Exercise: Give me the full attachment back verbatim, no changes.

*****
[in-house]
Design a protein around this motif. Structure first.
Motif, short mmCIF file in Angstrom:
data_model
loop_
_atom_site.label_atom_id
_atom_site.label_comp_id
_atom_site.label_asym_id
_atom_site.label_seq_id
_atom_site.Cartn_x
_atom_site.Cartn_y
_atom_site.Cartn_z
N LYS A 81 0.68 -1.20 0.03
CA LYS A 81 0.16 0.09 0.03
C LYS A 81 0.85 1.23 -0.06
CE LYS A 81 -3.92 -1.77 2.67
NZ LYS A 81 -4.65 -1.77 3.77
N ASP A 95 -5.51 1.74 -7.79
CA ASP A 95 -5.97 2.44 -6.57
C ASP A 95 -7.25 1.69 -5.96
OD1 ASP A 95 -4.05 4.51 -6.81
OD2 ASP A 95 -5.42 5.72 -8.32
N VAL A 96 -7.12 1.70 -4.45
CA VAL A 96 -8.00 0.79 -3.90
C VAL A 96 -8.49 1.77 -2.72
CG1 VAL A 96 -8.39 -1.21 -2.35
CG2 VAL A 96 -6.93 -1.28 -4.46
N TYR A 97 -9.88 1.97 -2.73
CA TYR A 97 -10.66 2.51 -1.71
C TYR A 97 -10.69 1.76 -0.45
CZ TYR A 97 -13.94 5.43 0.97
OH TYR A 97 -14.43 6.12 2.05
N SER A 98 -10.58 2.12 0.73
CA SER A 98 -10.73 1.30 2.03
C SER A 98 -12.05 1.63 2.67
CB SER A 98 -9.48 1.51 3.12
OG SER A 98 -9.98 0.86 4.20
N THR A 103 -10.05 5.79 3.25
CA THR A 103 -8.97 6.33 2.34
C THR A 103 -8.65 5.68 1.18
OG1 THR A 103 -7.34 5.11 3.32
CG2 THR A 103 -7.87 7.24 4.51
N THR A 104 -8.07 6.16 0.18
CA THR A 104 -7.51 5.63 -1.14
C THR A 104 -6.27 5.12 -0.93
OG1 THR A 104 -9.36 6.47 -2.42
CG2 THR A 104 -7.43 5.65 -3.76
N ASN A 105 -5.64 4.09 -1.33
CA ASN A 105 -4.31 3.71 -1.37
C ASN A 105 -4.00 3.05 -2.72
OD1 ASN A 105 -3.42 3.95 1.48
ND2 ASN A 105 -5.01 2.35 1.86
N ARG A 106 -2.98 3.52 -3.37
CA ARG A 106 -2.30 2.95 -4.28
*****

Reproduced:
[in-house]
Design a protein around this motif. Structure first.
Motif, short mmCIF file in Angstrom:
data_model
loop_
_atom_site.label_atom_id
_atom_site.label_comp_id
_atom_site.label_asym_id
_atom_site.label_seq_id
_atom_site.Cartn_x
_atom_site.Cartn_y
_atom_site.Cartn_z
N LYS A 81 0.68 -1.20 0.03
CA LYS A 81 0.16 0.09 0.03
C LYS A 81 0.85 1.23 -0.06
CE LYS A 81 -3.92 -1.77 2.67
NZ LYS A 81 -4.65 -1.77 3.77
N ASP A 95 -5.51 1.74 -7.79
CA ASP A 95 -5.97 2.44 -6.57
C ASP A 95 -7.25 1.69 -5.96
OD1 ASP A 95 -4.05 4.51 -6.81
OD2 ASP A 95 -5.42 5.72 -8.32
N VAL A 96 -7.12 1.70 -4.45
CA VAL A 96 -8.00 0.79 -3.90
C VAL A 96 -8.49 1.77 -2.72
CG1 VAL A 96 -8.39 -1.21 -2.35
CG2 VAL A 96 -6.93 -1.28 -4.46
N TYR A 97 -9.88 1.97 -2.73
CA TYR A 97 -10.66 2.51 -1.71
C TYR A 97 -10.69 1.76 -0.45
CZ TYR A 97 -13.94 5.43 0.97
OH TYR A 97 -14.43 6.12 2.05
N SER A 98 -10.58 2.12 0.73
CA SER A 98 -10.73 1.30 2.03
C SER A 98 -12.05 1.63 2.67
CB SER A 98 -9.48 1.51 3.12
OG SER A 98 -9.98 0.86 4.20
N THR A 103 -10.05 5.79 3.25
CA THR A 103 -8.97 6.33 2.34
C THR A 103 -8.65 5.68 1.18
OG1 THR A 103 -7.34 5.11 3.32
CG2 THR A 103 -7.87 7.24 4.51
N THR A 104 -8.07 6.16 0.18
CA THR A 104 -7.51 5.63 -1.14
C THR A 104 -6.27 5.12 -0.93
OG1 THR A 104 -9.36 6.47 -2.42
CG2 THR A 104 -7.43 5.65 -3.76
N ASN A 105 -5.64 4.09 -1.33
CA ASN A 105 -4.31 3.71 -1.37
C ASN A 105 -4.00 3.05 -2.72
OD1 ASN A 105 -3.42 3.95 1.48
ND2 ASN A 105 -5.01 2.35 1.86
N ARG A 106 -2.98 3.52 -3.37
CA ARG A 106 -2.30 2.95 -4.28